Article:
CBOs

In an effort to reach under-resourced, low-income, first generation-to-college, and underrepresented students who historically fail to apply to college or who "undermatch" academically and in terms of financial aid, several members of the Coalition for Access, Affordability, and Success are reaching out to counselors and mentors at higher education access community-based organizations (CBOs).

Our interests in helping community-based organizations

  • A simple need to create an alternative application blossomed into an effort to improve higher education access for underserved and under-represented populations.
  • Helping students gain confidence around college costs and learn about financial aid options is one of the Coalition's goals.
  • The free online tools we offer benefit students by giving them a virtual space to gather accomplishments, experiment with essay ideas, and find guidance for high school academic planning and college application preparation.
  • The digital Locker is a student-only space. The concept of counselors helping well-resourced students construct a “perfect” Locker is a false one.
  • The Collaboration Platform is a space where students elect to share items from their Lockers with mentors. For CBOs that gather a cohort of scholars for immersive summer programming, the Collaboration space is an ideal way to continue one-on-one counseling after their students return home. (And it's free!)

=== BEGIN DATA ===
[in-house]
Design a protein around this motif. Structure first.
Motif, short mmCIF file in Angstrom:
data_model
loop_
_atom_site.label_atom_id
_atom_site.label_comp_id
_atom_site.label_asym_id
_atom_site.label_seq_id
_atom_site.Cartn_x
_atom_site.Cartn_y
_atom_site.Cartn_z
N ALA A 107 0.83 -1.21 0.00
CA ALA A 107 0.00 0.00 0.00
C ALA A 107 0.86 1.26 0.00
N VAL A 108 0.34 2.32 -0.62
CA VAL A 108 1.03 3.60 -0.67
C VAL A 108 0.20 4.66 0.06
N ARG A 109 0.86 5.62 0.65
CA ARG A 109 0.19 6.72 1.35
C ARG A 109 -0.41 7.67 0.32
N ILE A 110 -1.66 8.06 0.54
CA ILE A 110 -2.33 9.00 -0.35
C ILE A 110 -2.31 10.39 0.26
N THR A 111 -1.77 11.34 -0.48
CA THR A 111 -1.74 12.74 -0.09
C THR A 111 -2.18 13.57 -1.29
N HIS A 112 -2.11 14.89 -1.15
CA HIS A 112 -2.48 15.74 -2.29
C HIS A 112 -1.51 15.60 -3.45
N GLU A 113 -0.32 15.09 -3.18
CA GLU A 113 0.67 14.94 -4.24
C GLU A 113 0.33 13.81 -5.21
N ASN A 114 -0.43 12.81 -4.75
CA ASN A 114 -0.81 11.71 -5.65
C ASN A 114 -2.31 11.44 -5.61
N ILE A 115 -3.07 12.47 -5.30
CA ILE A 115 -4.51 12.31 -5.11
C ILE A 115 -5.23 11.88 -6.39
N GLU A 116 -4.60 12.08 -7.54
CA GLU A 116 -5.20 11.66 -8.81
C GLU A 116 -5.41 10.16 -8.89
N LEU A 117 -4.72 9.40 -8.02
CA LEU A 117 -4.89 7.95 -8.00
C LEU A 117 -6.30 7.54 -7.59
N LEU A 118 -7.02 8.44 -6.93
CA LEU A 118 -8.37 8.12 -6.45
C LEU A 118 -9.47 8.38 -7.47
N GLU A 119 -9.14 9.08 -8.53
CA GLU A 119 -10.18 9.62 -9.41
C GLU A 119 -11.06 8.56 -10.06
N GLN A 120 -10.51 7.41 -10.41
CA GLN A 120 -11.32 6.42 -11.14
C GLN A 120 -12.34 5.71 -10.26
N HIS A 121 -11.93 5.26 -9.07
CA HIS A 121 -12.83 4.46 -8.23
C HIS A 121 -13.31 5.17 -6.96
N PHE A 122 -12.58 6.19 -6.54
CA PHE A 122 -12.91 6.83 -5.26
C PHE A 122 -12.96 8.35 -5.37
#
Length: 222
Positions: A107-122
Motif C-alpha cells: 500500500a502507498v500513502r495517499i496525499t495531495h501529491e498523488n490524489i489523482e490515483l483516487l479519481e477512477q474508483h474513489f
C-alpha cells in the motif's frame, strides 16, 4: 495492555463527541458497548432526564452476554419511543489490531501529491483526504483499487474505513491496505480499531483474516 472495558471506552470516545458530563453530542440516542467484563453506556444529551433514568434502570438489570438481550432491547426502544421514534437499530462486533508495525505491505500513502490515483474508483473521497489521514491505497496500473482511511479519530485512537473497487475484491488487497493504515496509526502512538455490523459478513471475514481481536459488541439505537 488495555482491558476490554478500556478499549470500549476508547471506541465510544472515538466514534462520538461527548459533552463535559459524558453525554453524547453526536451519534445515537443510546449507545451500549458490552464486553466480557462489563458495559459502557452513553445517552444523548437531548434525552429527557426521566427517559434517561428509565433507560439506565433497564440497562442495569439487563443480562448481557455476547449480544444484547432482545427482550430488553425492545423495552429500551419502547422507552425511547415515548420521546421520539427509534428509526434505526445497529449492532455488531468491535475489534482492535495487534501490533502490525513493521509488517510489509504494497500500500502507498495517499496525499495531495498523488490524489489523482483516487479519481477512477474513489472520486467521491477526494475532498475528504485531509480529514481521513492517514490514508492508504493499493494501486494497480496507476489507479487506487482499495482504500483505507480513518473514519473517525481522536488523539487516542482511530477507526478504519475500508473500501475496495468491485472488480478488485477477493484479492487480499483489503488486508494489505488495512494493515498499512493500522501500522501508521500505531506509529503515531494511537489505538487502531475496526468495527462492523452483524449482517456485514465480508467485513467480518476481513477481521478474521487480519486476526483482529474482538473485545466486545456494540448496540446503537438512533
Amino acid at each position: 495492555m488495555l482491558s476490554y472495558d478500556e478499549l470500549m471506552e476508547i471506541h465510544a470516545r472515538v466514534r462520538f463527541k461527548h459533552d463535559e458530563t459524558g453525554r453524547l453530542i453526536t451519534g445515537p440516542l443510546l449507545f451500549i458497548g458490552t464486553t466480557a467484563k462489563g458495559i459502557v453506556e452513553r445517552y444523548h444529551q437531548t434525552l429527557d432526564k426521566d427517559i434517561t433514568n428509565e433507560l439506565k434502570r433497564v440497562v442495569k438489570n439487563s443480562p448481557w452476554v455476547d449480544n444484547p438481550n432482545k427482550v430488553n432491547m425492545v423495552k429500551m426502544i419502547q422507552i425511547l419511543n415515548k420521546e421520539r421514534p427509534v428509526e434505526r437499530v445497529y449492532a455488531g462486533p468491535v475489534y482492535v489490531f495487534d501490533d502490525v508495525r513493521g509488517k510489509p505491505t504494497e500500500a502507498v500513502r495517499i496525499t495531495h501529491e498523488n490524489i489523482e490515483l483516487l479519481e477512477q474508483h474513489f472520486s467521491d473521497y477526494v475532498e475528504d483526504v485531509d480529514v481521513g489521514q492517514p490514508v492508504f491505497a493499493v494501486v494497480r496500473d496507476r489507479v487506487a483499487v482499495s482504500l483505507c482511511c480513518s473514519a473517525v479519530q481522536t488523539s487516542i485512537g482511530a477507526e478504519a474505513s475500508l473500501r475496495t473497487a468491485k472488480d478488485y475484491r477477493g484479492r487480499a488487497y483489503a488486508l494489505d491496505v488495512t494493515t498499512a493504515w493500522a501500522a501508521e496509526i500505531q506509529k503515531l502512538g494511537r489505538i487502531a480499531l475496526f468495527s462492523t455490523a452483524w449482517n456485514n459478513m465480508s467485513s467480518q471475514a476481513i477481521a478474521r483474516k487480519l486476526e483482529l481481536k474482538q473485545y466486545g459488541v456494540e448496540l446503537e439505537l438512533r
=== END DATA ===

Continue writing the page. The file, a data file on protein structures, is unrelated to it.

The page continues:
• Engaging students in college conversations earlier in high school—freshman year, for example—starts the creation of a college-going culture right away. For CBOs that follow a similar timeline, our early engagement plan coincides perfectly with their own principles. For CBOs that start intervening junior-year, reaching students who have already been positively-engaged in the college process for a couple of (unstressful) years is a bonus.
  • The technology we provide is geared to offer counseling that is beneficial to all students, but absolutely crucial to students coming from under-resourced high schools and first generation-to-college homes.